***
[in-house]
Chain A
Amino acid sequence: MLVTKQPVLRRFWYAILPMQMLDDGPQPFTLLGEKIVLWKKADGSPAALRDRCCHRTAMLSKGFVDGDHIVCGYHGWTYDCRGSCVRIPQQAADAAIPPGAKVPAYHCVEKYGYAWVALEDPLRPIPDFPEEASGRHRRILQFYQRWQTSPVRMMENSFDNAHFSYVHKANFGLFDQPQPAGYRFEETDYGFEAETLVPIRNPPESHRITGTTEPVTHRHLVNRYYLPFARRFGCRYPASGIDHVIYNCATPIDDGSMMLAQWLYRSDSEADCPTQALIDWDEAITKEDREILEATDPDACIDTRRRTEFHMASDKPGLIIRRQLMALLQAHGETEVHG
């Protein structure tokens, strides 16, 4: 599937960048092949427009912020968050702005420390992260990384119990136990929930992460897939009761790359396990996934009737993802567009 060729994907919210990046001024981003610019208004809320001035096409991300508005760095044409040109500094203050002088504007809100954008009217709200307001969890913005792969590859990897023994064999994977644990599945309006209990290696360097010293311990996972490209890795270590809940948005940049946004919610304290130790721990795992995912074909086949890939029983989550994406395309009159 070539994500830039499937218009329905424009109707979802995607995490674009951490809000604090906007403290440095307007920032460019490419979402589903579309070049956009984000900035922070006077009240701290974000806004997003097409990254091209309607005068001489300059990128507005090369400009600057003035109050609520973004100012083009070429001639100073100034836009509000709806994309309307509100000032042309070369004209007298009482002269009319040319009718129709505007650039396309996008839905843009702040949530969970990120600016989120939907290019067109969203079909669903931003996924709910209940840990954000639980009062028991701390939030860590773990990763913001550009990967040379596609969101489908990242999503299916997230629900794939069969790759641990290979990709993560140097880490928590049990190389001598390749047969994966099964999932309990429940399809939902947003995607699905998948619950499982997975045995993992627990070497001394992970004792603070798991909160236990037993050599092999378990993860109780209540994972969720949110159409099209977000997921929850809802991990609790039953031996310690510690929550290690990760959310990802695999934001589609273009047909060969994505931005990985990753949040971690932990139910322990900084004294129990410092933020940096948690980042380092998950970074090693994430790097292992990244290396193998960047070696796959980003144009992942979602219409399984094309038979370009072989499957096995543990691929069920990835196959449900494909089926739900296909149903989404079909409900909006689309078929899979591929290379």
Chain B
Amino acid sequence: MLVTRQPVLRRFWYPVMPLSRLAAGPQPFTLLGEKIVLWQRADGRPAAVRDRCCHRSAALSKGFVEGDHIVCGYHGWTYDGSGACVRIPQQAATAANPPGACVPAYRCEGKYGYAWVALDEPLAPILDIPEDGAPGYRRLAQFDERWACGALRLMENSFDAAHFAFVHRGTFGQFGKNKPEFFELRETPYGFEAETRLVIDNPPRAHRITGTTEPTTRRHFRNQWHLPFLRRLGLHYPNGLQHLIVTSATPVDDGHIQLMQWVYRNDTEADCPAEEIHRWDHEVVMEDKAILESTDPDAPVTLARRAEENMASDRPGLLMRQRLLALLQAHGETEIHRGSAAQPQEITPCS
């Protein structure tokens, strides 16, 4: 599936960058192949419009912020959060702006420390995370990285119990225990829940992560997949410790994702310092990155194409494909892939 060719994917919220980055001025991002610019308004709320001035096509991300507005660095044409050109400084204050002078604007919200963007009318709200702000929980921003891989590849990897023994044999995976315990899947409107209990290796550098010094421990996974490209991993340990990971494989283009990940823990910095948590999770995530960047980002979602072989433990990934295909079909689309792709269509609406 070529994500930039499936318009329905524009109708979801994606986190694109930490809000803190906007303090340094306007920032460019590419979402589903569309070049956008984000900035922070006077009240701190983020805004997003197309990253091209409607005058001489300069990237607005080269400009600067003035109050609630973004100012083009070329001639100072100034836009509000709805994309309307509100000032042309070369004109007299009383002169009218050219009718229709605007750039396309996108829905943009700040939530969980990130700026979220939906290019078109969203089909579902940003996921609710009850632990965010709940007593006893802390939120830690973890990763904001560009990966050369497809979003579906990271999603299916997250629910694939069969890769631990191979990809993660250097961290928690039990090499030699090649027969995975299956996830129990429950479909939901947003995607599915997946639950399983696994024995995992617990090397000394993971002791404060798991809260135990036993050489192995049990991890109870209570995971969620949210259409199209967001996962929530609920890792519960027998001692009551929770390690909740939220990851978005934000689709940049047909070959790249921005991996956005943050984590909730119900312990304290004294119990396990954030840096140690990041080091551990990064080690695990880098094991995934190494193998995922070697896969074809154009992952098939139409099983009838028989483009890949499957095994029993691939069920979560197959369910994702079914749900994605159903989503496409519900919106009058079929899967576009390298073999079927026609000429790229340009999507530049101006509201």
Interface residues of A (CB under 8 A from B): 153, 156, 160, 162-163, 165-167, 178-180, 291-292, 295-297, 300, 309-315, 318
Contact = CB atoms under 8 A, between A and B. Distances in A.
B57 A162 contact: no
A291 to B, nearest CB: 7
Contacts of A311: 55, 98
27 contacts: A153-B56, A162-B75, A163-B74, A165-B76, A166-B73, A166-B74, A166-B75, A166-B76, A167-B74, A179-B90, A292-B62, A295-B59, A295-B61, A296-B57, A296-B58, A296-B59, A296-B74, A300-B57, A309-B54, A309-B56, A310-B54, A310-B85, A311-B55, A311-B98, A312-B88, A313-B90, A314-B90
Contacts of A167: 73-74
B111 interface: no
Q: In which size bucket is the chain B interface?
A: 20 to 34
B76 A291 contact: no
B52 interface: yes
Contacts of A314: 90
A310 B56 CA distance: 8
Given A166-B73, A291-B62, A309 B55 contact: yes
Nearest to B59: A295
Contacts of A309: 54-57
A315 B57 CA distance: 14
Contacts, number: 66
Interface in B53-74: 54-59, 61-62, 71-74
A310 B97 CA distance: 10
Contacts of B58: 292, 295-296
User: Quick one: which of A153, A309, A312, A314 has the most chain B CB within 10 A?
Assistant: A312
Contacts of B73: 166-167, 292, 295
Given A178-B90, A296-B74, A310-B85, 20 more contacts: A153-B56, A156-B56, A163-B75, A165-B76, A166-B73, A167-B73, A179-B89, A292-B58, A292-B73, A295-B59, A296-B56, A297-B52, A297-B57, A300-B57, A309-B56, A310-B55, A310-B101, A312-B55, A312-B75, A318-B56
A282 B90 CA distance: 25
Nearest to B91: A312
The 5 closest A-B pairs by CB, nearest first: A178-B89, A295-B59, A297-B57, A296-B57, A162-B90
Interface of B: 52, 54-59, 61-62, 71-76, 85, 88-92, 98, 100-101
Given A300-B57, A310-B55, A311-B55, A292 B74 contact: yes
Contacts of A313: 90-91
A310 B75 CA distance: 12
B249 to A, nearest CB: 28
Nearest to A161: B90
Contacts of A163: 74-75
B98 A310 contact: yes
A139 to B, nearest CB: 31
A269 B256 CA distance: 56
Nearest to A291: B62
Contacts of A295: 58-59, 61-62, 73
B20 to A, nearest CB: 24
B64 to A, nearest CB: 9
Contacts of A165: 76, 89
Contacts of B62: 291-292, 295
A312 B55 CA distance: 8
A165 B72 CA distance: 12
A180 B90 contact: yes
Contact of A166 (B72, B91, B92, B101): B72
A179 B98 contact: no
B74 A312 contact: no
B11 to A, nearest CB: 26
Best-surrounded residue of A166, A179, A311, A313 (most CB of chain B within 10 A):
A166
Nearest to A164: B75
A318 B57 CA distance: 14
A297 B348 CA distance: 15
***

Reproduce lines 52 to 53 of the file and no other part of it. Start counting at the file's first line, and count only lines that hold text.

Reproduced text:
Contacts of B62: 291-292, 295
A312 B55 CA distance: 8